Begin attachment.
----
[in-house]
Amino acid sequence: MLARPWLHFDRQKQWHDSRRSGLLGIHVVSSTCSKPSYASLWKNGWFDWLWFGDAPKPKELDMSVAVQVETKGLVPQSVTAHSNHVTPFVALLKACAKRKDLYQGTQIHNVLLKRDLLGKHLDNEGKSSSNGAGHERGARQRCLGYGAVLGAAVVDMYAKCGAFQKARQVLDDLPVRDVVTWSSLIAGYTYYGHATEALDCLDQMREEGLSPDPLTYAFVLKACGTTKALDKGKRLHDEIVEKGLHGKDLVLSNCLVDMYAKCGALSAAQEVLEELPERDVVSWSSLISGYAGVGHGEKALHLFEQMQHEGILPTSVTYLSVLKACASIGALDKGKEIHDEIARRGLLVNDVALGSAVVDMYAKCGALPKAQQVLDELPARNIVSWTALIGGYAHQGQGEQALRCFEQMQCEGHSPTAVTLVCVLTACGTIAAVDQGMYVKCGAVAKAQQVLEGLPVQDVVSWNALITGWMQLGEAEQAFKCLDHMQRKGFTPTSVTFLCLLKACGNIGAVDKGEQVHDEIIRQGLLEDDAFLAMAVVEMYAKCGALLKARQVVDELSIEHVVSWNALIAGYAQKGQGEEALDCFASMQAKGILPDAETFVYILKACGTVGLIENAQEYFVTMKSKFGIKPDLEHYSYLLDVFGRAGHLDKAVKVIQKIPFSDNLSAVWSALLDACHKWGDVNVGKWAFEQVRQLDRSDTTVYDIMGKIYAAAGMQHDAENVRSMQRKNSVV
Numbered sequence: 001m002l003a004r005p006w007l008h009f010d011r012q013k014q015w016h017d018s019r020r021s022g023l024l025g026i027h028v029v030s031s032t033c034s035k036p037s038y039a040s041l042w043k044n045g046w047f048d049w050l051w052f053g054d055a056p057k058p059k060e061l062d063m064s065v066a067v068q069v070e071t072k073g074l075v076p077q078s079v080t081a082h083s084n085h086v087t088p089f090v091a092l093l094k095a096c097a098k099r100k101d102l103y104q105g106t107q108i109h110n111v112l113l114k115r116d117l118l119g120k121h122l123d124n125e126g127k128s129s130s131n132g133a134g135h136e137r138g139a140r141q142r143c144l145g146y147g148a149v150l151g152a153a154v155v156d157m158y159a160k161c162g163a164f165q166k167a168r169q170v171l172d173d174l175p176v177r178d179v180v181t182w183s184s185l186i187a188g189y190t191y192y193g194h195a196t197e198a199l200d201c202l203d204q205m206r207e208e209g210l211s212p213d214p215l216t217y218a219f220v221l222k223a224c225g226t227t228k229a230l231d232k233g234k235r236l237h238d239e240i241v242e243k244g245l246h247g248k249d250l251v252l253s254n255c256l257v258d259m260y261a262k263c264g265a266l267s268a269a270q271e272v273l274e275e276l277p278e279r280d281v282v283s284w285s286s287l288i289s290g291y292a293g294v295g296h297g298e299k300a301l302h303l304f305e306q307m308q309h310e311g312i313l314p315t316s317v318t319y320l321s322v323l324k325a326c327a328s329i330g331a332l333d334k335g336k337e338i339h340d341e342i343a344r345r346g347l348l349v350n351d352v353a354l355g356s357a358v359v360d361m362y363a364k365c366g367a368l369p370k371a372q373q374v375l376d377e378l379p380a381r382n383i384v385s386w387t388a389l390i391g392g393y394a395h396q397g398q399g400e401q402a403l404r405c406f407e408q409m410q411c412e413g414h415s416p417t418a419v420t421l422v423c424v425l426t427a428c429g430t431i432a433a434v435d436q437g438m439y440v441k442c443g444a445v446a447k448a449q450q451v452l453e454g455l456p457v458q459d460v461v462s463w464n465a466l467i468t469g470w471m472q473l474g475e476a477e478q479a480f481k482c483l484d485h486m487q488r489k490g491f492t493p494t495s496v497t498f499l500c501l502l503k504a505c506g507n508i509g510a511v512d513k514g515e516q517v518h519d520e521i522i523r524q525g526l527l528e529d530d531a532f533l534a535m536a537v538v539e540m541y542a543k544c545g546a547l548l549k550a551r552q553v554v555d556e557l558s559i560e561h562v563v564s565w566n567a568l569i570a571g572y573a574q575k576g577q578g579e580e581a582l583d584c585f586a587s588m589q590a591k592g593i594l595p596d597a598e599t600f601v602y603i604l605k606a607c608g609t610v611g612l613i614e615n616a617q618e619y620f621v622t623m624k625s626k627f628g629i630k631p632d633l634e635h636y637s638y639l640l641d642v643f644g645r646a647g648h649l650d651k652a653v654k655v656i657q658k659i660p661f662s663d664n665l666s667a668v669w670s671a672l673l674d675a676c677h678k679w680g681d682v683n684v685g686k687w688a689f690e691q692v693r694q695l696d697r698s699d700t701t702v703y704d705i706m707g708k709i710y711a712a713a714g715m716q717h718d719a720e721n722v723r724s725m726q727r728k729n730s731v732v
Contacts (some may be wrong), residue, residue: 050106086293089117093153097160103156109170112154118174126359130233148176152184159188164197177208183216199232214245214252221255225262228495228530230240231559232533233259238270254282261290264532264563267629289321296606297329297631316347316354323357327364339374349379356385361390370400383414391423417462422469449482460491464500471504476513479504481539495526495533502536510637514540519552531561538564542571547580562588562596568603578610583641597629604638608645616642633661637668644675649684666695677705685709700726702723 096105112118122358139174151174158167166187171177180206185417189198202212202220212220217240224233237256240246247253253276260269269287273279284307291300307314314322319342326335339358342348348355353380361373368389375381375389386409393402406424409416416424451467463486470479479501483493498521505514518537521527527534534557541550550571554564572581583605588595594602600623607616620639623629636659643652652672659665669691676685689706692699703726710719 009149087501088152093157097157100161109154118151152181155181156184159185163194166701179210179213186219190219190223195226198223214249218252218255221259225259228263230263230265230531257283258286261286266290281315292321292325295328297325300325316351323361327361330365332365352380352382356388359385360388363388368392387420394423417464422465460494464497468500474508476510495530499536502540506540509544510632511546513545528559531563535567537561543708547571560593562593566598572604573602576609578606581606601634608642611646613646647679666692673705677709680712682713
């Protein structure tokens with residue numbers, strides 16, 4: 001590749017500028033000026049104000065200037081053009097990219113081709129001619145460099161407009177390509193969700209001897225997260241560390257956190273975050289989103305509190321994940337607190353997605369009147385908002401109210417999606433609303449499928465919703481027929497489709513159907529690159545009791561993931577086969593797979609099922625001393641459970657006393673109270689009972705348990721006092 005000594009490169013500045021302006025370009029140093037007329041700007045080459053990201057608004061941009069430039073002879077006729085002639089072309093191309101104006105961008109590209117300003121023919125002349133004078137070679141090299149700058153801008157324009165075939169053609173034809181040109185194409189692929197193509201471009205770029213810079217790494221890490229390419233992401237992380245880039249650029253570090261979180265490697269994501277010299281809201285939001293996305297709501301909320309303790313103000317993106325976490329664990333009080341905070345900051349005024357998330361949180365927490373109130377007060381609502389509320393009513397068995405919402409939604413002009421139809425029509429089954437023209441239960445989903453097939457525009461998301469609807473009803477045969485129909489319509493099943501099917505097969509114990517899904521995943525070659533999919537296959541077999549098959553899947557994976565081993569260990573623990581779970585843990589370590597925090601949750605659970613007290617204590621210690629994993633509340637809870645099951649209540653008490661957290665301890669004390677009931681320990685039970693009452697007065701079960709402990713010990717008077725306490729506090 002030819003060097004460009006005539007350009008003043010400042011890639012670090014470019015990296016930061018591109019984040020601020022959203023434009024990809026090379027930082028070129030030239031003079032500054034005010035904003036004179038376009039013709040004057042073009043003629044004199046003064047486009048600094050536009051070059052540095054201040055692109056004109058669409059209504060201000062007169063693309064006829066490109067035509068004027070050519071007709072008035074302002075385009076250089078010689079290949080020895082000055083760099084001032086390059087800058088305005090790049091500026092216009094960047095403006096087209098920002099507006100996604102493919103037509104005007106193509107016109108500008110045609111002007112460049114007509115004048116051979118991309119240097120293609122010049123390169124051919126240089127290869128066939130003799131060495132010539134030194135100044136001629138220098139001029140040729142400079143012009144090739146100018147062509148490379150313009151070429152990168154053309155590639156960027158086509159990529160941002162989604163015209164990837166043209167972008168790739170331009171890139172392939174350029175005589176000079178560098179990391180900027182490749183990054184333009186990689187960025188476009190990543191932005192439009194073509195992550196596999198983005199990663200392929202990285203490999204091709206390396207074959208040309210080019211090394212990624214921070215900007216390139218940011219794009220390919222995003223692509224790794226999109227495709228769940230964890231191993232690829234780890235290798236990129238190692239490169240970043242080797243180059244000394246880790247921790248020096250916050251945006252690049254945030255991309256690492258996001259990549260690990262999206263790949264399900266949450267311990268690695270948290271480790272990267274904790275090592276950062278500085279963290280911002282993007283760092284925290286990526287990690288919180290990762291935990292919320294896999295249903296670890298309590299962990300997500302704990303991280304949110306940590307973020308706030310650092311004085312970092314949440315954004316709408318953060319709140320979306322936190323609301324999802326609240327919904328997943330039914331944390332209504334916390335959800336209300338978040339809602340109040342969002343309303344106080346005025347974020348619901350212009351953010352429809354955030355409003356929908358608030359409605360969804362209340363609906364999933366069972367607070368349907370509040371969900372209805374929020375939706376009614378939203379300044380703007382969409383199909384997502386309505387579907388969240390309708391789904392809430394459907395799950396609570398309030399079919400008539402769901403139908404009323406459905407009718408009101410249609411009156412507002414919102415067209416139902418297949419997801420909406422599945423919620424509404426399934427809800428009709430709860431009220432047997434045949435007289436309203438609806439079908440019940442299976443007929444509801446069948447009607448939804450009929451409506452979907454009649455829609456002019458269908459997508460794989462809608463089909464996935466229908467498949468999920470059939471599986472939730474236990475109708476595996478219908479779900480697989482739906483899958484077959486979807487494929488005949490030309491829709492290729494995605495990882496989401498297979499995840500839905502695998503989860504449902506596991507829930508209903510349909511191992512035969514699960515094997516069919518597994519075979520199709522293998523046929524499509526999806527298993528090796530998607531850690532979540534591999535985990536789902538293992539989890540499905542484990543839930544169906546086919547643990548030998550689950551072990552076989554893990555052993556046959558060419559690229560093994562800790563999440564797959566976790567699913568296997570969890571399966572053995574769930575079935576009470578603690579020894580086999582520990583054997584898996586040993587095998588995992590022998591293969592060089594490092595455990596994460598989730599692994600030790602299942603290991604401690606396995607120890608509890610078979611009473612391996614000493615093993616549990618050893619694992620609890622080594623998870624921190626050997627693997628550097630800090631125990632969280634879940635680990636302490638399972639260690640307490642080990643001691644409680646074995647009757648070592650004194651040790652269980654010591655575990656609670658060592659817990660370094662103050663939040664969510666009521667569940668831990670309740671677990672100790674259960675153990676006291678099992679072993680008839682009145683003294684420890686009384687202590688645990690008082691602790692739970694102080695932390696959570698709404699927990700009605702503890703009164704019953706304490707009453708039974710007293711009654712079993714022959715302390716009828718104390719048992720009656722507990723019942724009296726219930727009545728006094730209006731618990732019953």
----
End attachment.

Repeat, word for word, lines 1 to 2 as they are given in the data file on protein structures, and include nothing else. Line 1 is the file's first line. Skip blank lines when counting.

[in-house]
Amino acid sequence: MLARPWLHFDRQKQWHDSRRSGLLGIHVVSSTCSKPSYASLWKNGWFDWLWFGDAPKPKELDMSVAVQVETKGLVPQSVTAHSNHVTPFVALLKACAKRKDLYQGTQIHNVLLKRDLLGKHLDNEGKSSSNGAGHERGARQRCLGYGAVLGAAVVDMYAKCGAFQKARQVLDDLPVRDVVTWSSLIAGYTYYGHATEALDCLDQMREEGLSPDPLTYAFVLKACGTTKALDKGKRLHDEIVEKGLHGKDLVLSNCLVDMYAKCGALSAAQEVLEELPERDVVSWSSLISGYAGVGHGEKALHLFEQMQHEGILPTSVTYLSVLKACASIGALDKGKEIHDEIARRGLLVNDVALGSAVVDMYAKCGALPKAQQVLDELPARNIVSWTALIGGYAHQGQGEQALRCFEQMQCEGHSPTAVTLVCVLTACGTIAAVDQGMYVKCGAVAKAQQVLEGLPVQDVVSWNALITGWMQLGEAEQAFKCLDHMQRKGFTPTSVTFLCLLKACGNIGAVDKGEQVHDEIIRQGLLEDDAFLAMAVVEMYAKCGALLKARQVVDELSIEHVVSWNALIAGYAQKGQGEEALDCFASMQAKGILPDAETFVYILKACGTVGLIENAQEYFVTMKSKFGIKPDLEHYSYLLDVFGRAGHLDKAVKVIQKIPFSDNLSAVWSALLDACHKWGDVNVGKWAFEQVRQLDRSDTTVYDIMGKIYAAAGMQHDAENVRSMQRKNSVV